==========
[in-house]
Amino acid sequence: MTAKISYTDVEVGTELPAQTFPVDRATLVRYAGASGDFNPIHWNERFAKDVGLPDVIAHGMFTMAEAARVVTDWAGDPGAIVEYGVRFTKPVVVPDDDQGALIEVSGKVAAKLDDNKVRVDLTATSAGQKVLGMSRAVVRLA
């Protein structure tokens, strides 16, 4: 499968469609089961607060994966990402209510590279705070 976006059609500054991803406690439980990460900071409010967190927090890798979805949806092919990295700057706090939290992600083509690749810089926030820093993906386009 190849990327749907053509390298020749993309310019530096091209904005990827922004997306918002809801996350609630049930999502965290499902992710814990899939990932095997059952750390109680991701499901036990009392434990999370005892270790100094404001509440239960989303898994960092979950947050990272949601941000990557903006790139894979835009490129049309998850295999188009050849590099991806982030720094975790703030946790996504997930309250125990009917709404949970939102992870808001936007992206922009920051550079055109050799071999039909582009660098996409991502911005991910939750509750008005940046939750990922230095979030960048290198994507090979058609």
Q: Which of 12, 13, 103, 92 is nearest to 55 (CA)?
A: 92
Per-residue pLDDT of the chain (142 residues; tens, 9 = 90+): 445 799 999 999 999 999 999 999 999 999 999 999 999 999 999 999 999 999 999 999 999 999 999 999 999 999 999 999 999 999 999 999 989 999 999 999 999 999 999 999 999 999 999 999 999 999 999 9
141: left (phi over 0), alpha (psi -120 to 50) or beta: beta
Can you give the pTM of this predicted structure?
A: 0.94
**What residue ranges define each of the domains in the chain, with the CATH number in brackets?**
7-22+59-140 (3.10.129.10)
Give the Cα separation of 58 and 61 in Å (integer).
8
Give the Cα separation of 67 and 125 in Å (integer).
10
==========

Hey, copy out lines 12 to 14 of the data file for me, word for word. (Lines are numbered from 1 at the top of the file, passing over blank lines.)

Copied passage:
Give the Cα separation of 58 and 61 in Å (integer).
8
Give the Cα separation of 67 and 125 in Å (integer).